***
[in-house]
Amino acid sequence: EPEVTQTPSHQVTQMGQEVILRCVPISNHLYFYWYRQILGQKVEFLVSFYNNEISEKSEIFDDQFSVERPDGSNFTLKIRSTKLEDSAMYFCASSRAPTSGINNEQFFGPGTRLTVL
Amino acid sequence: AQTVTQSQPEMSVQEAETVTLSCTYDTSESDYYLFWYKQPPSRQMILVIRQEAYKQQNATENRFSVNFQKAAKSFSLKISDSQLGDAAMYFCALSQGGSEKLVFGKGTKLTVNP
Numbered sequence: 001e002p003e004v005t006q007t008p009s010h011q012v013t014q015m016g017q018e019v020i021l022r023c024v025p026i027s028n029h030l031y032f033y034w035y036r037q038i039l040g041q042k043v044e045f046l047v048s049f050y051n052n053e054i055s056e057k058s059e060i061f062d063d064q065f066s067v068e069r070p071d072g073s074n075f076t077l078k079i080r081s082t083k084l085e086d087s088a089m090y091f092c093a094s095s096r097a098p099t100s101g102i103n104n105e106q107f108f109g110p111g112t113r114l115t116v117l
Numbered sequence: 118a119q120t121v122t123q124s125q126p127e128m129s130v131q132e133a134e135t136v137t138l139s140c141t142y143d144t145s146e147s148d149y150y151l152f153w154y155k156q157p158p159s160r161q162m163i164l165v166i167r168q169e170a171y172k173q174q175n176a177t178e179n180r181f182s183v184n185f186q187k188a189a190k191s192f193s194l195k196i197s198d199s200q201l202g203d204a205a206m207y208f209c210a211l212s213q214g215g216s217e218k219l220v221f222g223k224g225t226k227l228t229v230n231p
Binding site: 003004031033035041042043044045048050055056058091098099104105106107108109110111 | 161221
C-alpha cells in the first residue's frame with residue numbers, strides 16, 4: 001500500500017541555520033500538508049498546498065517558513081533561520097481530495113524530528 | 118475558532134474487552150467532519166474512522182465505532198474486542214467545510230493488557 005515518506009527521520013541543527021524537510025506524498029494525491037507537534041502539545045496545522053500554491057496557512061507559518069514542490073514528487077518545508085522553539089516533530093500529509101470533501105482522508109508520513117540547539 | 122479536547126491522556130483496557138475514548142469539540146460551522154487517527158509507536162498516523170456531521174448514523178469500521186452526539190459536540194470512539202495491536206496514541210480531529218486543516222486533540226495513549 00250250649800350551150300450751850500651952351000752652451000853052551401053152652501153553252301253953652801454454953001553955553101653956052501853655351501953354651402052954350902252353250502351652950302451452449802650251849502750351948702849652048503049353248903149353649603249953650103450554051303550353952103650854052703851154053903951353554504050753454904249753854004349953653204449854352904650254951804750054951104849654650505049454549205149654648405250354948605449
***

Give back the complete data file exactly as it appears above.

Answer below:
[in-house]
Amino acid sequence: EPEVTQTPSHQVTQMGQEVILRCVPISNHLYFYWYRQILGQKVEFLVSFYNNEISEKSEIFDDQFSVERPDGSNFTLKIRSTKLEDSAMYFCASSRAPTSGINNEQFFGPGTRLTVL
Amino acid sequence: AQTVTQSQPEMSVQEAETVTLSCTYDTSESDYYLFWYKQPPSRQMILVIRQEAYKQQNATENRFSVNFQKAAKSFSLKISDSQLGDAAMYFCALSQGGSEKLVFGKGTKLTVNP
Numbered sequence: 001e002p003e004v005t006q007t008p009s010h011q012v013t014q015m016g017q018e019v020i021l022r023c024v025p026i027s028n029h030l031y032f033y034w035y036r037q038i039l040g041q042k043v044e045f046l047v048s049f050y051n052n053e054i055s056e057k058s059e060i061f062d063d064q065f066s067v068e069r070p071d072g073s074n075f076t077l078k079i080r081s082t083k084l085e086d087s088a089m090y091f092c093a094s095s096r097a098p099t100s101g102i103n104n105e106q107f108f109g110p111g112t113r114l115t116v117l
Numbered sequence: 118a119q120t121v122t123q124s125q126p127e128m129s130v131q132e133a134e135t136v137t138l139s140c141t142y143d144t145s146e147s148d149y150y151l152f153w154y155k156q157p158p159s160r161q162m163i164l165v166i167r168q169e170a171y172k173q174q175n176a177t178e179n180r181f182s183v184n185f186q187k188a189a190k191s192f193s194l195k196i197s198d199s200q201l202g203d204a205a206m207y208f209c210a211l212s213q214g215g216s217e218k219l220v221f222g223k224g225t226k227l228t229v230n231p
Binding site: 003004031033035041042043044045048050055056058091098099104105106107108109110111 | 161221
C-alpha cells in the first residue's frame with residue numbers, strides 16, 4: 001500500500017541555520033500538508049498546498065517558513081533561520097481530495113524530528 | 118475558532134474487552150467532519166474512522182465505532198474486542214467545510230493488557 005515518506009527521520013541543527021524537510025506524498029494525491037507537534041502539545045496545522053500554491057496557512061507559518069514542490073514528487077518545508085522553539089516533530093500529509101470533501105482522508109508520513117540547539 | 122479536547126491522556130483496557138475514548142469539540146460551522154487517527158509507536162498516523170456531521174448514523178469500521186452526539190459536540194470512539202495491536206496514541210480531529218486543516222486533540226495513549 00250250649800350551150300450751850500651952351000752652451000853052551401053152652501153553252301253953652801454454953001553955553101653956052501853655351501953354651402052954350902252353250502351652950302451452449802650251849502750351948702849652048503049353248903149353649603249953650103450554051303550353952103650854052703851154053903951353554504050753454904249753854004349953653204449854352904650254951804750054951104849654650505049454549205149654648405250354948605449